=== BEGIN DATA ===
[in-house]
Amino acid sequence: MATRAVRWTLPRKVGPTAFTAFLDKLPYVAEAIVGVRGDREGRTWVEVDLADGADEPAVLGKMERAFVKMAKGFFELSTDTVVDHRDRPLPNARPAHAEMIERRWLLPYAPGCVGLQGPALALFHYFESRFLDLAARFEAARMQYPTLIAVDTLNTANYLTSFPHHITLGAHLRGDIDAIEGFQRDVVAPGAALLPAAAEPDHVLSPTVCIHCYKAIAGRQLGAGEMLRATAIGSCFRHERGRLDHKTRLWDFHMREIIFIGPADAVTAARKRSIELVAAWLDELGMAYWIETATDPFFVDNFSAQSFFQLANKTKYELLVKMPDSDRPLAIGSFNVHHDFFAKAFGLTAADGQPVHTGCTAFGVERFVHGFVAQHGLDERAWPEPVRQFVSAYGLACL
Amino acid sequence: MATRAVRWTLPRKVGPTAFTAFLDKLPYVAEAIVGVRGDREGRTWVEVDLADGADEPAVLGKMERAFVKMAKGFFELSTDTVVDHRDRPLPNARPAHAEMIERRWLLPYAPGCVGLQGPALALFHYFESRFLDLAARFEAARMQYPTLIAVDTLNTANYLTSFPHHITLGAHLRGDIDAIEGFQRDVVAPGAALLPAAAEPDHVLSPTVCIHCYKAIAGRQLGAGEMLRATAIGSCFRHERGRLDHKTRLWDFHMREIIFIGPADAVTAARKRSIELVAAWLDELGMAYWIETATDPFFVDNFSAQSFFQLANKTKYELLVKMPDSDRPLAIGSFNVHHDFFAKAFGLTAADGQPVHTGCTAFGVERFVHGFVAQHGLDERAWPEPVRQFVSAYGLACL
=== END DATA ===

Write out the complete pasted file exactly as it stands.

[in-house]
Amino acid sequence: MATRAVRWTLPRKVGPTAFTAFLDKLPYVAEAIVGVRGDREGRTWVEVDLADGADEPAVLGKMERAFVKMAKGFFELSTDTVVDHRDRPLPNARPAHAEMIERRWLLPYAPGCVGLQGPALALFHYFESRFLDLAARFEAARMQYPTLIAVDTLNTANYLTSFPHHITLGAHLRGDIDAIEGFQRDVVAPGAALLPAAAEPDHVLSPTVCIHCYKAIAGRQLGAGEMLRATAIGSCFRHERGRLDHKTRLWDFHMREIIFIGPADAVTAARKRSIELVAAWLDELGMAYWIETATDPFFVDNFSAQSFFQLANKTKYELLVKMPDSDRPLAIGSFNVHHDFFAKAFGLTAADGQPVHTGCTAFGVERFVHGFVAQHGLDERAWPEPVRQFVSAYGLACL
Amino acid sequence: MATRAVRWTLPRKVGPTAFTAFLDKLPYVAEAIVGVRGDREGRTWVEVDLADGADEPAVLGKMERAFVKMAKGFFELSTDTVVDHRDRPLPNARPAHAEMIERRWLLPYAPGCVGLQGPALALFHYFESRFLDLAARFEAARMQYPTLIAVDTLNTANYLTSFPHHITLGAHLRGDIDAIEGFQRDVVAPGAALLPAAAEPDHVLSPTVCIHCYKAIAGRQLGAGEMLRATAIGSCFRHERGRLDHKTRLWDFHMREIIFIGPADAVTAARKRSIELVAAWLDELGMAYWIETATDPFFVDNFSAQSFFQLANKTKYELLVKMPDSDRPLAIGSFNVHHDFFAKAFGLTAADGQPVHTGCTAFGVERFVHGFVAQHGLDERAWPEPVRQFVSAYGLACL